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Get back on track after gaining pandemic weight

June 30, 2021 | Weight Loss | Healthy You

two women smile at each other as they enjoy fruit

You aren’t the only one who gained weight during COVID. Give yourself grace. Then begin your reset.

Not surprisingly, many people gained weight during the pandemic.

“The pandemic disrupted our routines and habits—from eating patterns and getting take-out more often to missing out on workout routines to pressures of family and juggling work and kids schooling at home,” she said. “Our world was turned upside down,” said Kelly Peterson, RD, a registered dietitian and the coordinator for PeaceHealth’s bariatric program in Springfield, Oregon.

“Most of us were just trying to survive the stresses of the pandemic,” Kelly said, “It’s easy to make judgments about weight gain and there’s no need to. The first thing I’d emphasize is that there’s no need for shame.”

Weight gain happens. “It isn’t necessarily a bad thing and it doesn’t mean you’ve failed,” she said. "It is difficult to make positive changes from a place of shame. Contrary to popular opinion shaming does not motivate ourselves or others.” The important thing is to give yourself grace and then find ways to get back on a healthy track.

Start small

Here are a few meaningful, healthy actions to help you gain control and restore balance:

  • Start meal planning. Meal planning prevents us from having to make last-minute decisions about food. It is difficult to make healthy choices at the end of the day when we are already hungry. Pick combinations of your favorite veggies, fruits, lean proteins and healthy fats. Stock your fridge and pantry with the supplies you need to stick to your plan. Shop from a list and avoid going on an empty stomach. Don't just cruise the aisles.
  • Get into new physical routines.  Walking is always a winner…even if it’s just a few minutes around the block or around your yard. If you’re ready for something more challenging, consider light jogging or a class in yoga, tai chi, boxing or barre. During spare moments in your day, touch your toes or do a couple of squats or wall pushups. You can also grab a resistance band or household item to build strength.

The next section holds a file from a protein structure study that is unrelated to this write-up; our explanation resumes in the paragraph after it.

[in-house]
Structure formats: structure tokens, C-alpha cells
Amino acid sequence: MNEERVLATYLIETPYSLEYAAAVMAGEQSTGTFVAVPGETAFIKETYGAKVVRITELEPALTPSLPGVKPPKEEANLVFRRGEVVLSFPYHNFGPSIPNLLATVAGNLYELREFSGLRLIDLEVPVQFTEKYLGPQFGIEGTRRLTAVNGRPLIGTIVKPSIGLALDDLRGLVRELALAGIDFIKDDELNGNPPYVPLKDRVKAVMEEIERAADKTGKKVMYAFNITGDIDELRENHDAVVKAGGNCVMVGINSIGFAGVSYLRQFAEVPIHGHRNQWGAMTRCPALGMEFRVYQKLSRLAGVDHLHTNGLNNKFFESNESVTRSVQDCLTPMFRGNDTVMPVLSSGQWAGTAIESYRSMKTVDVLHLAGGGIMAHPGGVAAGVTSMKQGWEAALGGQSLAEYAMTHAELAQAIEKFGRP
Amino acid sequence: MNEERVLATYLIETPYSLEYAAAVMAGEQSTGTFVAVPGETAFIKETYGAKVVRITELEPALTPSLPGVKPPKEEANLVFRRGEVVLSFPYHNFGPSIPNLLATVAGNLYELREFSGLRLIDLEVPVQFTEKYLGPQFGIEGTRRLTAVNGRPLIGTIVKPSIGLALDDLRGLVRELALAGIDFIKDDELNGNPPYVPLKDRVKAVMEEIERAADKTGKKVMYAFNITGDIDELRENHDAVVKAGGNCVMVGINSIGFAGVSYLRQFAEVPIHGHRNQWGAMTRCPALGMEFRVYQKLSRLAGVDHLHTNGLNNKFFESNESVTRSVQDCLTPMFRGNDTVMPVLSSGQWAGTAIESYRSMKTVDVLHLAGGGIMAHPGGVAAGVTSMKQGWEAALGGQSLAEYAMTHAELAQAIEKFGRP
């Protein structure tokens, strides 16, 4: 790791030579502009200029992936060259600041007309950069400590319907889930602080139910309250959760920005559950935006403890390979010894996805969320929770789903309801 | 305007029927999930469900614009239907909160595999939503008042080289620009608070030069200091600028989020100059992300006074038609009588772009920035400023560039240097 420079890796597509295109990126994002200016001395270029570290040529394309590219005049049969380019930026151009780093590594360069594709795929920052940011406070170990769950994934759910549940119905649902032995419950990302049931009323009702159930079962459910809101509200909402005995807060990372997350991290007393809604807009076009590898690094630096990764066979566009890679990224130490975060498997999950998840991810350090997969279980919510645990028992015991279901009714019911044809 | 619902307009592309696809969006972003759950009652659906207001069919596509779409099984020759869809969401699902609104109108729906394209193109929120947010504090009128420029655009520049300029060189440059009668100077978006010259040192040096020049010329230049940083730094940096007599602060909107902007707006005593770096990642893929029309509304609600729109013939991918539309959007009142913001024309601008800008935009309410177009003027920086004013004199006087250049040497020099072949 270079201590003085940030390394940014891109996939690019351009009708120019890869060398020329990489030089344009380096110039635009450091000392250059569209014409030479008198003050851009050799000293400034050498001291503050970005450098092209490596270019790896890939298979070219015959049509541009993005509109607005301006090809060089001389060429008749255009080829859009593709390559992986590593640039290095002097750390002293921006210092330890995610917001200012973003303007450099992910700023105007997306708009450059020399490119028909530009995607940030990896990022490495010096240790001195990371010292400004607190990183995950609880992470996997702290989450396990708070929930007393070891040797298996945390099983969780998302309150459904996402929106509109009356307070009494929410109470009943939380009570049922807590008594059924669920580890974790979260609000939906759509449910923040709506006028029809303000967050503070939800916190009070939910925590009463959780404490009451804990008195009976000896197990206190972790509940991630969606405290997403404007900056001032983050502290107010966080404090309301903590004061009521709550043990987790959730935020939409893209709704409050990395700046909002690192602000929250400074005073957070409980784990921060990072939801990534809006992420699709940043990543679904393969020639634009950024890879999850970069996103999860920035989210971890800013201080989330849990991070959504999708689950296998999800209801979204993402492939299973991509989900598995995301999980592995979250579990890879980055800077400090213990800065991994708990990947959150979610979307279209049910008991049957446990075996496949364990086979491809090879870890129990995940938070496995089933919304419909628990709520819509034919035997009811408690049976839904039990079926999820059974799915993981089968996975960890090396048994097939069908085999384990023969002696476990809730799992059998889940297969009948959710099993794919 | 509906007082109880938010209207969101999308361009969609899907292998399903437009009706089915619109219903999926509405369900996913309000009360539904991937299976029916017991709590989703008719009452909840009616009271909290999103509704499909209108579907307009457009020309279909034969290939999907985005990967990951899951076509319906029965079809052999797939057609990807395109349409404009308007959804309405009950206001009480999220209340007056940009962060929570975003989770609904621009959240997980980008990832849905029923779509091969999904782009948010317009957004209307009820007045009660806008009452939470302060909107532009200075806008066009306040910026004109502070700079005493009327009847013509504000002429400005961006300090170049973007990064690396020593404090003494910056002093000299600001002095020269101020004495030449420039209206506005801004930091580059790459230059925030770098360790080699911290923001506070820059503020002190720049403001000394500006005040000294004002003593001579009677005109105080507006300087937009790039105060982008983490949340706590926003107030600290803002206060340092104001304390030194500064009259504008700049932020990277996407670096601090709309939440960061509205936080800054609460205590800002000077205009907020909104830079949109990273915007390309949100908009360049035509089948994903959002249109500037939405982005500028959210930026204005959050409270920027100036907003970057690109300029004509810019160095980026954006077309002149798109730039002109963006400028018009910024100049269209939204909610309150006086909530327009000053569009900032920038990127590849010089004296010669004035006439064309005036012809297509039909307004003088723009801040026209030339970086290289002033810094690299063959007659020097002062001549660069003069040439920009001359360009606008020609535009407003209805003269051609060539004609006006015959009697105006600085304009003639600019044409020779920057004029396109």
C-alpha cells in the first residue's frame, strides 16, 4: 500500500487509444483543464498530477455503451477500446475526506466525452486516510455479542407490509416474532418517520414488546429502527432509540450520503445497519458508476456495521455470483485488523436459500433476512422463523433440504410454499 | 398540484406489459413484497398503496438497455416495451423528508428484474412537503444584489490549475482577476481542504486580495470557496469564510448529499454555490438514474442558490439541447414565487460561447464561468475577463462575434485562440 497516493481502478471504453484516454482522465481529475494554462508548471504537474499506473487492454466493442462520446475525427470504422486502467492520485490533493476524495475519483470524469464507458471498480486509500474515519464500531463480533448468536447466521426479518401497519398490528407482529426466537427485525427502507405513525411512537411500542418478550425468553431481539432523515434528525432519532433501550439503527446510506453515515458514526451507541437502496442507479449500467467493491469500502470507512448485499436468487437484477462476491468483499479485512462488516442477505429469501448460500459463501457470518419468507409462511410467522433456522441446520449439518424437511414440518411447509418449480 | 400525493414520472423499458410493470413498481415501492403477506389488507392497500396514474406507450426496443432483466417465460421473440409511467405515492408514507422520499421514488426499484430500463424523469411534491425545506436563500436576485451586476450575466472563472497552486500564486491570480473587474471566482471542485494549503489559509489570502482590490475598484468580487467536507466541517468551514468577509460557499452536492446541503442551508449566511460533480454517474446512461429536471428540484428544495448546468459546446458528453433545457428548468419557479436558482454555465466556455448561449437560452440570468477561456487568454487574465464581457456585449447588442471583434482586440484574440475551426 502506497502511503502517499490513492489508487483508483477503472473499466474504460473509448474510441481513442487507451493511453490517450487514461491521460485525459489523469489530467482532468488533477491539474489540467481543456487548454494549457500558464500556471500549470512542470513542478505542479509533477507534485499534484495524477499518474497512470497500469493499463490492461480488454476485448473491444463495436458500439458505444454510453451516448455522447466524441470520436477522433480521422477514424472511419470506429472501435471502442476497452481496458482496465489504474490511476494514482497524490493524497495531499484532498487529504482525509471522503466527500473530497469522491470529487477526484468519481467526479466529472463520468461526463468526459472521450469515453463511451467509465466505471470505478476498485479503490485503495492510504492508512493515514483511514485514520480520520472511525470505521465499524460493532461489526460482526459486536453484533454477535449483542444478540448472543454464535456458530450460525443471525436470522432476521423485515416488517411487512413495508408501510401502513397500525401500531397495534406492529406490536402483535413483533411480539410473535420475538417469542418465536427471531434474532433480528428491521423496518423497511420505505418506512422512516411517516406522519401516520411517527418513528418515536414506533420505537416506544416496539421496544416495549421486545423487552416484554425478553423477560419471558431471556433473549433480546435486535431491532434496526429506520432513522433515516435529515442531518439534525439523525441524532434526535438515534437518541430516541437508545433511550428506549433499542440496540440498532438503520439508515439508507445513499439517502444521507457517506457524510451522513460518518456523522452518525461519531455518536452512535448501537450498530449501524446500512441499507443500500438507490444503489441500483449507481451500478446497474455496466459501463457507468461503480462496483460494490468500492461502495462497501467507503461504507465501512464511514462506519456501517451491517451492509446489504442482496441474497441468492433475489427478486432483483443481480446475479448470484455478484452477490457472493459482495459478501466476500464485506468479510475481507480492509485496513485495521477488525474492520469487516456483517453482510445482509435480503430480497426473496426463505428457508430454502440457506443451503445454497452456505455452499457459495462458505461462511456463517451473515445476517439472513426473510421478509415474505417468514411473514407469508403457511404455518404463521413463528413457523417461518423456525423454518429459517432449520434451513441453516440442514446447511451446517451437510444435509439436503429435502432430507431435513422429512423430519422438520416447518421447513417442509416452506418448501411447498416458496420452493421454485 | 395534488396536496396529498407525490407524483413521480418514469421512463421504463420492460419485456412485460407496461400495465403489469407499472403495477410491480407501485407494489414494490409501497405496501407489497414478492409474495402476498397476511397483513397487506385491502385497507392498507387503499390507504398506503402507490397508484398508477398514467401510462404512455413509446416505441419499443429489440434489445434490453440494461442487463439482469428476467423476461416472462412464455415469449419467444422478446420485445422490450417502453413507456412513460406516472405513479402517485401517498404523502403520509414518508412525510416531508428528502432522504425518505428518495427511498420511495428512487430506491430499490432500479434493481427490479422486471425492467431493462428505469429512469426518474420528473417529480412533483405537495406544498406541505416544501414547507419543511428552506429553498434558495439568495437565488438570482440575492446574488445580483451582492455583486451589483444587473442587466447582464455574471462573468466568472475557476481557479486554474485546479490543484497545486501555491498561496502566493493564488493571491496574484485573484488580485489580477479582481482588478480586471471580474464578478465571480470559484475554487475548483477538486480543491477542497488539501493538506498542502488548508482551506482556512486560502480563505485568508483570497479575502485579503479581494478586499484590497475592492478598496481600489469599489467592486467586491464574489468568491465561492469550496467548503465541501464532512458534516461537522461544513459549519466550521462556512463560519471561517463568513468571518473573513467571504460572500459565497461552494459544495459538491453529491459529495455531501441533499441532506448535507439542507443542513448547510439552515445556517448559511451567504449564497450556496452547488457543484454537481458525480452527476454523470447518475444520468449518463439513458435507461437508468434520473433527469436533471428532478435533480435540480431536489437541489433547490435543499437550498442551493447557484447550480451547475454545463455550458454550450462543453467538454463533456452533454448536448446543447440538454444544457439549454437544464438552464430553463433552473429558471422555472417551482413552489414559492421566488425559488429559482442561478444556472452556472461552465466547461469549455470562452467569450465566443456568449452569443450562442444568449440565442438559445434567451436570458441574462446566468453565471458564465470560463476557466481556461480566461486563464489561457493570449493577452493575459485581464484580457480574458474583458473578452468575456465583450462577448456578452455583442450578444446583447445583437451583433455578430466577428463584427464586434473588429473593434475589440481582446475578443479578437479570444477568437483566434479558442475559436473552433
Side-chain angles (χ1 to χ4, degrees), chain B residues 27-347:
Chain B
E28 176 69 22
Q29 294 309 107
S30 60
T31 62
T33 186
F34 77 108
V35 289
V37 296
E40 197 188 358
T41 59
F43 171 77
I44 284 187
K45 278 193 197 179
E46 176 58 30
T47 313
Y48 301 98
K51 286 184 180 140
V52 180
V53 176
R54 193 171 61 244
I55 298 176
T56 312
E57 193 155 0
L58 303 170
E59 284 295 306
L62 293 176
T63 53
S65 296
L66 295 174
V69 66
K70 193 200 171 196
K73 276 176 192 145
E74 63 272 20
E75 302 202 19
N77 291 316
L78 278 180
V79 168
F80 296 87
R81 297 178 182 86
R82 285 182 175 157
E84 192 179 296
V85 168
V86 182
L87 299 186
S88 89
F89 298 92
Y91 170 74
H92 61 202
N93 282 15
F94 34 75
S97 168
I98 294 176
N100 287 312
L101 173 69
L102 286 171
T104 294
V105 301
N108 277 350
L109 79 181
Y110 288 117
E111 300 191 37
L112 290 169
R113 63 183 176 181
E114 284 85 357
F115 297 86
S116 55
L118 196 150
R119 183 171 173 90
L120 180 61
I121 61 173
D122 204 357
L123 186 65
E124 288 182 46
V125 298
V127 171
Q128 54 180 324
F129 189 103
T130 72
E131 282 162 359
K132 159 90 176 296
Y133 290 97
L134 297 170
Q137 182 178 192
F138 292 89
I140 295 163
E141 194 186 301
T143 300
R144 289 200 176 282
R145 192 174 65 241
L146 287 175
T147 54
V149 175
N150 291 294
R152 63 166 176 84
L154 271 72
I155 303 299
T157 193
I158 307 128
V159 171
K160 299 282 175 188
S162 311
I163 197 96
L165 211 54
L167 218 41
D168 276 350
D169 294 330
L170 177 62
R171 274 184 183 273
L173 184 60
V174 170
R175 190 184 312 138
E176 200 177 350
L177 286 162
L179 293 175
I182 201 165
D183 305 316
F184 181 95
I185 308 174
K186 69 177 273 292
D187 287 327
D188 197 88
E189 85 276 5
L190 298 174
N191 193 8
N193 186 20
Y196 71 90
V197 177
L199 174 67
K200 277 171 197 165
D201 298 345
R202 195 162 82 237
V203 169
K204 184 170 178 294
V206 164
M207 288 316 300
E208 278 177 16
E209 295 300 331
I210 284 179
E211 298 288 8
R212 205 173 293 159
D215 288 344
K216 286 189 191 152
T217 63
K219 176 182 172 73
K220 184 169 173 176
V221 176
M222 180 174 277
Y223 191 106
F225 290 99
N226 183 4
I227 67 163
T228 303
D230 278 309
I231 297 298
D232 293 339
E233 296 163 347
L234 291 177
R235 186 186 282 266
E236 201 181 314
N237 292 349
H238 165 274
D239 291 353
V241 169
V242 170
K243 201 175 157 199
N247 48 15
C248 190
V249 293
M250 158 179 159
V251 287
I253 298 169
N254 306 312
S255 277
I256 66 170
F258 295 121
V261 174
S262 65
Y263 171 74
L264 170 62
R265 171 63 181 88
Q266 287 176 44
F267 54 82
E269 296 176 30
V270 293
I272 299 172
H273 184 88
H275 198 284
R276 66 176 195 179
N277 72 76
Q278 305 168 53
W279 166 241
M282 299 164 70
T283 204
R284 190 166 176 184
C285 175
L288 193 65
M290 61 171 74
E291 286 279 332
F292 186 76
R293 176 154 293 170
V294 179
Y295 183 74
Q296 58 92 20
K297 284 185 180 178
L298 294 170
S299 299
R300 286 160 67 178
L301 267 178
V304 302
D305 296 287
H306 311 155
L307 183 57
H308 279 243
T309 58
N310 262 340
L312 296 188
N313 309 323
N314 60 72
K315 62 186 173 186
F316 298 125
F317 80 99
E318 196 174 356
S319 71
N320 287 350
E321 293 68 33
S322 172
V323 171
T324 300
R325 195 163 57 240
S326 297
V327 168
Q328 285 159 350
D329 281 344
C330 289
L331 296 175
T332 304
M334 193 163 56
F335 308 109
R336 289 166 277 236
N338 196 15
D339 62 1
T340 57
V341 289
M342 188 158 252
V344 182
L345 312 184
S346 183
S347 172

• Find distractions. As the weather warms up, go outside. Dig in your garden or hike in the woods. Stay busy with projects and activities that don’t revolve around the kitchen. Except for when you’re planning meals, do what you can to keep your mind off food. Watch Dr. Lindsay King’s webinar on stress-eating.
  • Embrace the basics. Studies show that drinking plenty of water and getting solid sleep make a major difference in weight loss. So make these two activities easier and more fun for yourself and your loved ones. You might try putting berries or a sprig of mint in your ice water or follow a special bedtime routine to settle you down for the night.
  • Find an accountability buddy. This could be someone who knows your goals that you can check-in with, (like a friend or even a dietitian!). Or it could be an actual walking or meal-prep buddy. Many of us are motivated by being around others who are also trying to change habits, especially after we've been so isolated during the pandemic.

Strive for consistency

Whatever new habits or routines you choose, it will be important to be as consistent as possible, said Kelly. “This will help you get into a new rhythm that can help you feel more in control and calmer.”

“If you can’t do an activity every day, do it two or three times per week and then build on what’s working for you,” she said.

If making and checking lists helps you feel good, go ahead and track your progress with an app or on paper. And celebrate your wins.

Above all, be patient.

If you still struggle with extra weight after making healthy changes, talk with your primary care provider. There may be underlying medical conditions or medications causing the weight gain or retention.

Finally, depending on how much weight you want to lose, you might also be interested in the medical and surgical weight loss programs at PeaceHealth.